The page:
My suggestion for the first thing to do when creating a photobook is to get your photos organised. I used albums within Picasa to do that. If you select the photo or photos you want and then right click within Picasa your will see a pop up menu and the second item on that pop-up is add to album. An Album is an organization thing, The photo still stays in the same location on your computer but an album entry also exist that looks as if the photo also exist there. Many package have similar concepts (for example Lightroom has the name collections rather than albums) to show a specific grouping of photos. A photo can exist in several albums. Removing a photo from an album does not remove the original photo from your computer. So they are a very simple and safe way to organize and reorganise your collection.
The next step is to upload your album to Snapfish, because it is an on-line service for the preparation your book. This can be a tedious process if you have to upload the photos manually (one at a time or even a few at a time via the snap fish web interface). Fortunately Picasa has a simple way to do this. Firstly go to the album with all your photos. If you look on the File/Order Prints Menu Item you should see Snapfish as one of the options (the options available vary by country, so check before you start). When you click on the choose button under the Snapfish logo you will meed to enter your Snapfish account name and password. If you don’t have one you can create an account (and yes it will ask for payment and personal details, after all you are going to buy a book). Once you are connected to the server and your account details are verified Picasa will start to upload the full contents of your album, which might take a while. Alternative if you just select some images in the album and start the upload only those photos get uploaded. Since I wanted to split the photos into 4 groups I uploaded the groups separately. Unfortunately this interface has a limit that will not upload and photo greater than 4000 pixel in any dimension (larger photo have to be loaded by a special option in the Snapfish web uploader). Snapfish also has facilities to upload from Flickr & Facebook.
The upload step finishes by opening a browser window and taking you to the Snapfish upload section. You will see on the right two option in green, the top one take you into creating a book. the second will let you order prints. I’m not going straight the the photos book. Nor am I ordering prints. The upload always loads into a directory called My Pictures, so the first thing I do is change the name. There is a little pencil icon beside the screen name at the top of this section. Click on the pencil and you can type over the name. To make the task of finding images easier I loaded the four sections I wanted into four directories, I have found once you have more than 50 photos in a directory it can be a bit time consuming finding the photo you want. When you are organised here and have all your photos uploaded its time to start the book.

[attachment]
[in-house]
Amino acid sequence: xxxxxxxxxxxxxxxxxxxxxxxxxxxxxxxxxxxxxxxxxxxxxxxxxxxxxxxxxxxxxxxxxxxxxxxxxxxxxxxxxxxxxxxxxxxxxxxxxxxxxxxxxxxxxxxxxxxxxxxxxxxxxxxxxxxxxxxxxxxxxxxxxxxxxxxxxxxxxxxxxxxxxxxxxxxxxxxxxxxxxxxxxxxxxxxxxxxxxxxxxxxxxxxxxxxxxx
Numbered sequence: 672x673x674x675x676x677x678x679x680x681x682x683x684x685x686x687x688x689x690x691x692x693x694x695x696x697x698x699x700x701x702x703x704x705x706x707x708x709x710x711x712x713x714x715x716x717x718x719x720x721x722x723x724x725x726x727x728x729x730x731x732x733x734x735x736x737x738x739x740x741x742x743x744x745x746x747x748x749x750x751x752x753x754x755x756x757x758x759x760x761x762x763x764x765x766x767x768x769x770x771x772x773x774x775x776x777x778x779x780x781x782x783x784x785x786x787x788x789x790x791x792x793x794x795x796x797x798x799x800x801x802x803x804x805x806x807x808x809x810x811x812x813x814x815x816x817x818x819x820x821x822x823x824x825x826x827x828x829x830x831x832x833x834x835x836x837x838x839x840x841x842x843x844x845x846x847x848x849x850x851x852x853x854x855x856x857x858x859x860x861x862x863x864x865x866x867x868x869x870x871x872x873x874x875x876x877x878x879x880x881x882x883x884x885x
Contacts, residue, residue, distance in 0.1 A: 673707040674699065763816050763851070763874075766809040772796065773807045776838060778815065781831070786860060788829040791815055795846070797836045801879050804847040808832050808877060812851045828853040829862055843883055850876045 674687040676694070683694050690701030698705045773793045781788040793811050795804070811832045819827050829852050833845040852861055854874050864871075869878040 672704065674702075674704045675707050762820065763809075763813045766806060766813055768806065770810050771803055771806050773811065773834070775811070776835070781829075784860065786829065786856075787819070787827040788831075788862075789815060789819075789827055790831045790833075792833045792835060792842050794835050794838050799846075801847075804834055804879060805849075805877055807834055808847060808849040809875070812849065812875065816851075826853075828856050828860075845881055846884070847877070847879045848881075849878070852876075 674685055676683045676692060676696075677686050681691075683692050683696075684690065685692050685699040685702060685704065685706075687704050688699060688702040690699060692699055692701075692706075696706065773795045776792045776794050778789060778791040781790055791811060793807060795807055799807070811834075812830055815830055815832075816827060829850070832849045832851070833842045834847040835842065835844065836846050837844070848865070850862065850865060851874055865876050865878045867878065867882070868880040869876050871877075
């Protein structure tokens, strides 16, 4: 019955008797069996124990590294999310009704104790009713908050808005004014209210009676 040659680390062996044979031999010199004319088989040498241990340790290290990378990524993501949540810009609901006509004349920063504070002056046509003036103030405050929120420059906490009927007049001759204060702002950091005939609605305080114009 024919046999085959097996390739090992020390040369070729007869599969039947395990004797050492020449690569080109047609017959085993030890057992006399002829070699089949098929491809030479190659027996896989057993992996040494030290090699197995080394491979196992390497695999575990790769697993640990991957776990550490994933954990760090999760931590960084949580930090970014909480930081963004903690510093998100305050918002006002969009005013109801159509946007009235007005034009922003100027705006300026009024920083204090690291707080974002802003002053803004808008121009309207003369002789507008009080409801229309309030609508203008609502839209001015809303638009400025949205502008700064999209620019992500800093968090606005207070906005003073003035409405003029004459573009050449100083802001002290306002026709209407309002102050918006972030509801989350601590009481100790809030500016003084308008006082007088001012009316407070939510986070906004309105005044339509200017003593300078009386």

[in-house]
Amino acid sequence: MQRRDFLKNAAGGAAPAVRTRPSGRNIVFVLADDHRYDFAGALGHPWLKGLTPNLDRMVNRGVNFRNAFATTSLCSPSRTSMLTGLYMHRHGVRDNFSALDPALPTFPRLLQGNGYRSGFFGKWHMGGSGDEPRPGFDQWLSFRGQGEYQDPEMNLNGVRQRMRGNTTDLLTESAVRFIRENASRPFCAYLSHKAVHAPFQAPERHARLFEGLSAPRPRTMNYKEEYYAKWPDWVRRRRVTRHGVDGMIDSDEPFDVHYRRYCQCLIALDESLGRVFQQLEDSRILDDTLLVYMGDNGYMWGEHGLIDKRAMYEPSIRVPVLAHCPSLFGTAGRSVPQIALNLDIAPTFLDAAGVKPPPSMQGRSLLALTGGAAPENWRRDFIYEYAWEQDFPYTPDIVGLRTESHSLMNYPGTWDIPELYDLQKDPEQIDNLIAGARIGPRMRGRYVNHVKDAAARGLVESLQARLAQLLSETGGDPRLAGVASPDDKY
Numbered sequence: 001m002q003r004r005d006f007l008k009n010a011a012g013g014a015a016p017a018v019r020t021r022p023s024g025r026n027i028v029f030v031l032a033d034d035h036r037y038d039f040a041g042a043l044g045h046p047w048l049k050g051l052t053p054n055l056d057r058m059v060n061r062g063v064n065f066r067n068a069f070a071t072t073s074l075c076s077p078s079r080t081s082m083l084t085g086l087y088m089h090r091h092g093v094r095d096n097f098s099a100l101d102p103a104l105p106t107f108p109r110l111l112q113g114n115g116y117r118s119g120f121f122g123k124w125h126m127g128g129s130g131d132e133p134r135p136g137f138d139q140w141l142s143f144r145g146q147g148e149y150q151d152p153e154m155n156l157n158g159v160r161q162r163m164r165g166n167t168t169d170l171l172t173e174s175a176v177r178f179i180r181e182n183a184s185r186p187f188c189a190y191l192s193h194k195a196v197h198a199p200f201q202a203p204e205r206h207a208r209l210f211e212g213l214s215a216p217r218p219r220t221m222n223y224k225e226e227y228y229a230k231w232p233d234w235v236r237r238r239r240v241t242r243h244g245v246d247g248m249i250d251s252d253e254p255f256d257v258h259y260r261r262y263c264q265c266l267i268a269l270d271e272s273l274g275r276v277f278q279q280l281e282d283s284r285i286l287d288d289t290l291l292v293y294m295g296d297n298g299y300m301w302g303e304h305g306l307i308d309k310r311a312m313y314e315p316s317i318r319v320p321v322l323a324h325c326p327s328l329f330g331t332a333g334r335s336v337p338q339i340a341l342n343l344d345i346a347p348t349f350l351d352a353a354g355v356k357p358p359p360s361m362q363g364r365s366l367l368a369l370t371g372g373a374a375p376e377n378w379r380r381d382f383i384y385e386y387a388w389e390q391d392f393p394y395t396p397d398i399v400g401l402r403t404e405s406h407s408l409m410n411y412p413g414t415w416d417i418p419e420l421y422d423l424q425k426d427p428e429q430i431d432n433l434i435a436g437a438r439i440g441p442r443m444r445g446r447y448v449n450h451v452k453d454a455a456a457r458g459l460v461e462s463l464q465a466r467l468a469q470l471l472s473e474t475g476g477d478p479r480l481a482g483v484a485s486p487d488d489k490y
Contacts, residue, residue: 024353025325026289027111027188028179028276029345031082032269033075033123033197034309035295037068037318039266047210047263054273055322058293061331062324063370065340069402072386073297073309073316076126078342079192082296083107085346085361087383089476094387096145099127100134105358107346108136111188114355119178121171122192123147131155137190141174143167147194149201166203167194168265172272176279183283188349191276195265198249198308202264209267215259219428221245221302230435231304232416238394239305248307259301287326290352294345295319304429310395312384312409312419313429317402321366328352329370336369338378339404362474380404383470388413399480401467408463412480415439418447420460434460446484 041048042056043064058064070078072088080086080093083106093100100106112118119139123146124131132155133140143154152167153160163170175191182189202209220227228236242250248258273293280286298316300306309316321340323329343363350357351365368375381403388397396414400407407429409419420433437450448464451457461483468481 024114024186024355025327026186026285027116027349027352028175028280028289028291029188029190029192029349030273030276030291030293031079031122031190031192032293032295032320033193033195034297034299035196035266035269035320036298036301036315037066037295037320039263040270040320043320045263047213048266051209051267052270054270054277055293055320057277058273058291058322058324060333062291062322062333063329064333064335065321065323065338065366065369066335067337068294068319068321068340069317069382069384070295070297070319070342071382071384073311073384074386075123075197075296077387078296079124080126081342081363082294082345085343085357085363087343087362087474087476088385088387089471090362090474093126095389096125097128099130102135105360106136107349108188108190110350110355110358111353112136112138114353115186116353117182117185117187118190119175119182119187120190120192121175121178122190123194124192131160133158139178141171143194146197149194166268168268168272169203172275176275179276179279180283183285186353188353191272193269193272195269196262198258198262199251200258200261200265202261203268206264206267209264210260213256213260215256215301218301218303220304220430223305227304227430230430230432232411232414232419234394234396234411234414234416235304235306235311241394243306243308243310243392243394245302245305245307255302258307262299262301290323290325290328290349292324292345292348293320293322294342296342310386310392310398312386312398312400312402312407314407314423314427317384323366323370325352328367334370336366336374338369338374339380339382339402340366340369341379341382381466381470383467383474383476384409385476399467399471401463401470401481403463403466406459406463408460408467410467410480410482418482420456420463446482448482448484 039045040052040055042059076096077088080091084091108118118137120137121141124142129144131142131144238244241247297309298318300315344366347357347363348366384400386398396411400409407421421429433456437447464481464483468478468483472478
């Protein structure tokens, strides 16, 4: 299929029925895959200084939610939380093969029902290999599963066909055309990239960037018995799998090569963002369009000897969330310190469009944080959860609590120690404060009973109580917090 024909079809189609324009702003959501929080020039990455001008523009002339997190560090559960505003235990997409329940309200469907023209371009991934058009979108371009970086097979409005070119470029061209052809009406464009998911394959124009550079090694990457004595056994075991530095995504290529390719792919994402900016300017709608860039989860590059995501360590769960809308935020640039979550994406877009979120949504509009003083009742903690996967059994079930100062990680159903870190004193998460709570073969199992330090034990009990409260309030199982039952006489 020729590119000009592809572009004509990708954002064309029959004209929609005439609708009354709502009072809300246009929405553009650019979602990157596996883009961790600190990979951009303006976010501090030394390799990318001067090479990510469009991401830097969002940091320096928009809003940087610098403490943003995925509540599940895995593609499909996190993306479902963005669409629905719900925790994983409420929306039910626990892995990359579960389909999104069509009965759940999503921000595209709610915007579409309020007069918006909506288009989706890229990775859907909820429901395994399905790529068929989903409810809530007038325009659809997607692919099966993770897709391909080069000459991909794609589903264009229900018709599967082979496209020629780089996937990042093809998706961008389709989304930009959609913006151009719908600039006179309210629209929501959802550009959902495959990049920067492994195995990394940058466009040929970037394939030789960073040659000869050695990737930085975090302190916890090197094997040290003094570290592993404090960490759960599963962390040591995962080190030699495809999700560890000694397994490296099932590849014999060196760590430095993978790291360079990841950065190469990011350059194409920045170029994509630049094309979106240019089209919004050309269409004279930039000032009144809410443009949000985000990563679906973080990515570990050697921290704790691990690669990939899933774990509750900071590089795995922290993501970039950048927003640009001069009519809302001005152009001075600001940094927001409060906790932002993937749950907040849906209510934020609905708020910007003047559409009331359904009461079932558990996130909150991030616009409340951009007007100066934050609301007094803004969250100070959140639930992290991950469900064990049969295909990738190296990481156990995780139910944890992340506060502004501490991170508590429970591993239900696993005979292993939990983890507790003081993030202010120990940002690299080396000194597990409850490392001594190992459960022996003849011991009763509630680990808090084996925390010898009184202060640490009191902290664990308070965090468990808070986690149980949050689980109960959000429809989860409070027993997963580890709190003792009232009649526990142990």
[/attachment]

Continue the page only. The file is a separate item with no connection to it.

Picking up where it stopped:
This is both the most fun and perhaps the most tense part (particularly if this is your first book). You can let Snapfish autofill the book for you but be prepared for the cost. Remember I choose the largest book, and the autofill had done a reasonable job albeit with fewer photos per pages on average than I had planned. So I went back to the start and choose my custom layouts as I went along building the book, doing it section by section. It didn’t take all that long and I was very pleased with both the layout and reduction in price. In the review process you can email your photobook project to others for approval/feedback and they can order a copy from your link, but the preview is in flash, so it won’t work on an iPad. If your at all like me it will be important to check any text your entered for typos and omissions. So it is a good idea to save your project, have a break and come back a fresh eyes to review your masterpiece before ordering it.
For the finer details of setting up and personalizing you book I’ll leave you to the snapfish’s video. The process is pretty much as simple as it looks.